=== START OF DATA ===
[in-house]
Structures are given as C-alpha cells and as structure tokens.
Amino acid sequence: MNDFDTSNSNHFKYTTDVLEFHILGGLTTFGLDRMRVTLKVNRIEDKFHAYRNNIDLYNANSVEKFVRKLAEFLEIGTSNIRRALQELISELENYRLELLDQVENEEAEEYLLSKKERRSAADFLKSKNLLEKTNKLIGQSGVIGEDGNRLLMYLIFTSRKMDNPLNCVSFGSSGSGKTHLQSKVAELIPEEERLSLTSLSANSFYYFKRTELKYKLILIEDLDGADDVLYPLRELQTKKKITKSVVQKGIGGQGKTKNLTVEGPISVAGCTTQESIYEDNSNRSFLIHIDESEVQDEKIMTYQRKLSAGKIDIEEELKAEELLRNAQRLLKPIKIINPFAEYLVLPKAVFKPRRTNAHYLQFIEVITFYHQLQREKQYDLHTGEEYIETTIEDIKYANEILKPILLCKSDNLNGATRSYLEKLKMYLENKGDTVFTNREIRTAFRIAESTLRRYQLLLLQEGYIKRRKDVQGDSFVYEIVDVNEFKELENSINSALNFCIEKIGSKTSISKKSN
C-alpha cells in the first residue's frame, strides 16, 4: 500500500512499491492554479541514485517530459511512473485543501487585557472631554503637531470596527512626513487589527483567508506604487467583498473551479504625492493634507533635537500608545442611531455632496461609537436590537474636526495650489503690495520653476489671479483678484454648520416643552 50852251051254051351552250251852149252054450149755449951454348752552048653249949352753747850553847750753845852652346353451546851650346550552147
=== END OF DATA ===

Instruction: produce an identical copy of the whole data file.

[in-house]
Structures are given as C-alpha cells and as structure tokens.
Amino acid sequence: MNDFDTSNSNHFKYTTDVLEFHILGGLTTFGLDRMRVTLKVNRIEDKFHAYRNNIDLYNANSVEKFVRKLAEFLEIGTSNIRRALQELISELENYRLELLDQVENEEAEEYLLSKKERRSAADFLKSKNLLEKTNKLIGQSGVIGEDGNRLLMYLIFTSRKMDNPLNCVSFGSSGSGKTHLQSKVAELIPEEERLSLTSLSANSFYYFKRTELKYKLILIEDLDGADDVLYPLRELQTKKKITKSVVQKGIGGQGKTKNLTVEGPISVAGCTTQESIYEDNSNRSFLIHIDESEVQDEKIMTYQRKLSAGKIDIEEELKAEELLRNAQRLLKPIKIINPFAEYLVLPKAVFKPRRTNAHYLQFIEVITFYHQLQREKQYDLHTGEEYIETTIEDIKYANEILKPILLCKSDNLNGATRSYLEKLKMYLENKGDTVFTNREIRTAFRIAESTLRRYQLLLLQEGYIKRRKDVQGDSFVYEIVDVNEFKELENSINSALNFCIEKIGSKTSISKKSN
C-alpha cells in the first residue's frame, strides 16, 4: 500500500512499491492554479541514485517530459511512473485543501487585557472631554503637531470596527512626513487589527483567508506604487467583498473551479504625492493634507533635537500608545442611531455632496461609537436590537474636526495650489503690495520653476489671479483678484454648520416643552 50852251051254051351552250251852149252054450149755449951454348752552048653249949352753747850553847750753845852652346353451546851650346550552147